til forsiden InfoMusicTour datesBlues PowerGuestbook  
Media Vault



Knut Reiersrud's and the Trondheim Soloists' fearless encounter with Schubert and Brahms

The Trondheim soloists and Knut Reiersrud are now embarking on a criminal career. On their new CD/LP they commit a series of musical crimes. With no discernible respect for tradition, they serve up some versions of works by Schubert and Brahms that we are sure you have never heard before.

The new release on vinyl and CD before the Christmas rush has been recorded in Kulturkirken Jakob and is on the KKV label. The album, entitled "Infinite Gratitude", includes two of the most beautiful works of chamber music written by two of the giants of 19th-century music – Schubert's string quintet in C major, and Brahms' string sextet in B flat. The “criminal offences” include extending both works by several minutes and dynamic inventions never heard before from the two original masters. We are not necessarily claiming that this is better than the originals, but we can certainly promise that this is truly unique music – expressive and beautiful – where classical music and blues mutually reinforce each other’s poetics.

“Classically trained musicians have much to learn from how pop and jazz musicians think about their audience,” says the renowned British music psychologist John Sloboda to NRK. He believes that loyalty should be with the audience, not the composer. Classical music should find a form opening more for improvisation and unpredictability that will capture the interest of listeners, just as rock and jazz do, and which was such a natural element for musicians during the lifetimes of Brahms and Schubert. The background for this idea is an American survey which indicates that audiences for classical music concerts are dwindling in the US, having dropped by 30 per cent over the last 25 years.

This is an interesting idea when thinking about the new album recorded by Knut Reiersrud and the Trondheim soloists last summer and which is now being released in the fall. This is an exciting idea because the most common combination of strings and rhythm and blues-based recordings has been for the classically trained players to put the icing on the cake of the r&b artist, adding some lavish sounds in the background. This project turns the tables: While the Trondheim soloists play the work as written in the original score, the Knut Reiersrud Band expands and amplifies the sound and the musical intentions of the classics. While the Trondheim soloists give new life to the music with a special dynamic and colouring, the blues band breaks through the formal frameworks fearlessly and with wild creativity.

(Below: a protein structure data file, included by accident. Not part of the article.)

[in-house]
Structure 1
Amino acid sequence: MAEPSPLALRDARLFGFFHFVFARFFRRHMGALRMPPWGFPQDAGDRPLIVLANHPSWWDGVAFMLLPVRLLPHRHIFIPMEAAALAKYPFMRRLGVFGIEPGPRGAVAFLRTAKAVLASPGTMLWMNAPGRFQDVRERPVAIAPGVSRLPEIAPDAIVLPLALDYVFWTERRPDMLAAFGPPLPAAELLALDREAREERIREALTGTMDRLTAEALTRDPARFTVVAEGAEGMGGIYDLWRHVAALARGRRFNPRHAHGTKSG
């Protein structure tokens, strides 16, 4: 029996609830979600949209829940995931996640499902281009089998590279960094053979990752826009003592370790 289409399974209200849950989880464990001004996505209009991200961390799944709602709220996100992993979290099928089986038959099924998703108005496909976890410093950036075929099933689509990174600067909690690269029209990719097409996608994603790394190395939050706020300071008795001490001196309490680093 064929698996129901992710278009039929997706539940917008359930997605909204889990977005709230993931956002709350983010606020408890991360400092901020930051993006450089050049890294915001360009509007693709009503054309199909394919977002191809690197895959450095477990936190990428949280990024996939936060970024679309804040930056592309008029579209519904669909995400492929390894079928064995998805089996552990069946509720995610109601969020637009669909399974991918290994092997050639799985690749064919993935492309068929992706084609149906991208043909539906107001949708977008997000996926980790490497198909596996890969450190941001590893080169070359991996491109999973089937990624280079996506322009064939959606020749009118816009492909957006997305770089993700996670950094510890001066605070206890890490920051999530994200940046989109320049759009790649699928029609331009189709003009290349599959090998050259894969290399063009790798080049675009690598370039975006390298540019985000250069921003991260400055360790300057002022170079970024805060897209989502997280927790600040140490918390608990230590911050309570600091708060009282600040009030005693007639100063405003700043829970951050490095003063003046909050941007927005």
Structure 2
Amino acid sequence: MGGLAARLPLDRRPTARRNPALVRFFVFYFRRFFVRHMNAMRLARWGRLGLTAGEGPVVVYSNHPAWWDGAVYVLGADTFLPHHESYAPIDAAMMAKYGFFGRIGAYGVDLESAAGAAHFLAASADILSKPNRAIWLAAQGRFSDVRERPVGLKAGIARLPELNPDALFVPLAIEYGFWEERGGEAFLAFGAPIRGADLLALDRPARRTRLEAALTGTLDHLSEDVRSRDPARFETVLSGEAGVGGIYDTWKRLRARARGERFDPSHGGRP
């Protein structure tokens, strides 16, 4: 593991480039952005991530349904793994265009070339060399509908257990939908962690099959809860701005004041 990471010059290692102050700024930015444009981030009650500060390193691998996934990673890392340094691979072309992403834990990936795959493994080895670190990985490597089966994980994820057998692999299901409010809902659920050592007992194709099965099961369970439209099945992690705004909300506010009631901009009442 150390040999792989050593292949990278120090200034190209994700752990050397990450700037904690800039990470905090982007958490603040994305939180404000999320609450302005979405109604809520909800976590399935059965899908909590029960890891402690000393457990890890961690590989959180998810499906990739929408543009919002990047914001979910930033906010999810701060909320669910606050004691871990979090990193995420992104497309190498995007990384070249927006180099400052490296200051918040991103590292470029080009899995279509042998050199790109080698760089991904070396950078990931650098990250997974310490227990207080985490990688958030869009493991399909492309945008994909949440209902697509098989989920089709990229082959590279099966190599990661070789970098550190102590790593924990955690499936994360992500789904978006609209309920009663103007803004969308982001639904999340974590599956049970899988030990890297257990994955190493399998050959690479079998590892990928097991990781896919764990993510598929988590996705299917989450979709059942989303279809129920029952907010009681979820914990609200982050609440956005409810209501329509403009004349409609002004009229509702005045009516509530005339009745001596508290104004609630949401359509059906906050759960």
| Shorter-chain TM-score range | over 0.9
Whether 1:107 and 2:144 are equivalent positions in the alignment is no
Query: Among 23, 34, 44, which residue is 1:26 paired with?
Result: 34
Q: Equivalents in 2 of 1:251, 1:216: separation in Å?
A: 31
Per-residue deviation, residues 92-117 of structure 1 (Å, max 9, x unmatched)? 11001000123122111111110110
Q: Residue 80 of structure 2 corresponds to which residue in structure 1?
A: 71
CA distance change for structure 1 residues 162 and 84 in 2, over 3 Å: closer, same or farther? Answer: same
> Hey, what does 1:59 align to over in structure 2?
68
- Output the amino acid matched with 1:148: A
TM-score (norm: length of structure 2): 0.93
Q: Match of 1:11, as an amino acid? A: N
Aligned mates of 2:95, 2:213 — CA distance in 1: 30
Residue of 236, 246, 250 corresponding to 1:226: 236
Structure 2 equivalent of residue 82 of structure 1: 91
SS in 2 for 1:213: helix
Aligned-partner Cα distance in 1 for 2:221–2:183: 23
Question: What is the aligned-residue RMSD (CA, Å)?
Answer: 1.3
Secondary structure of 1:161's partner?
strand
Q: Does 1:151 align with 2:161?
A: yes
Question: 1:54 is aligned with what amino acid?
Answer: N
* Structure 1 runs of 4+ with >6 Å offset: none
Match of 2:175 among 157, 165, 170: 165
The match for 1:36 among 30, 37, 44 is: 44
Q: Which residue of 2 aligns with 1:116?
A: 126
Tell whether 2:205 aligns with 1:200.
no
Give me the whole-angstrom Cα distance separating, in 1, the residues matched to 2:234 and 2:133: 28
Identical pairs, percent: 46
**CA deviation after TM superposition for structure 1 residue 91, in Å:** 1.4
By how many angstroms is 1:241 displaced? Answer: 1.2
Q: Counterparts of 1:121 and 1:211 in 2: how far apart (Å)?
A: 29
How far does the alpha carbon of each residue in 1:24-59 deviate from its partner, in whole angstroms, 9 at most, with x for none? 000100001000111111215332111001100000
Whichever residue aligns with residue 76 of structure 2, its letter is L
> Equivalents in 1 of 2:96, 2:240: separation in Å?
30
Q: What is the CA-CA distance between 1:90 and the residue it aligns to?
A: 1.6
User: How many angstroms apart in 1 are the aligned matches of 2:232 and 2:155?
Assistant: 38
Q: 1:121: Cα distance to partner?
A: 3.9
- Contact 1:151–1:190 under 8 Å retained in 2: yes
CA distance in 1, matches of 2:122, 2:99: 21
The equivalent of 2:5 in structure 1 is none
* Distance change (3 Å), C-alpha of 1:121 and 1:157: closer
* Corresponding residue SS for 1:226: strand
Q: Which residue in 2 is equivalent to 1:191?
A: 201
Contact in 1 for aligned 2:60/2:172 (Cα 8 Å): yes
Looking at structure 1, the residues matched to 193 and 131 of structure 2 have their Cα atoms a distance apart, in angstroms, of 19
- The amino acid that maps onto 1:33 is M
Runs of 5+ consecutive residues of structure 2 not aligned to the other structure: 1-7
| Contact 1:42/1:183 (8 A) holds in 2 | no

For this recording the Trondheim soloists are Alexander Robson and Sigmund Tvete Vik on violin, Anders Rensvik and Åshild Breie Nyhus on viola, Øyvind Gimse and Katrine Pedersen on cello. In addition to the boss himself on electric guitar and steel guitar, the Knut Reiersrud Band consists of some of Norway's foremost pop/ rock/ jazz-musicians; David Wallumrød on piano and Hammond B3, Bjørn Holm on electric guitar, Nikolai Hængsle Eilertsen on electric bass and Andreas Bye on drums.

Track List
Chapter 1: based on Franz Schubert String Quintet in C major D 956, 2nd movement
Chapter 2: based on Johannes Brahms String Sextet in B flat major opus 18, 2nd movment Knut Reiersrud har mildt sagt en fargerik CV, blues, norsk folkemusikk, kirkemusikk og innspillinger i Kina, India, Nepal, Vest-Afrika og Argentina.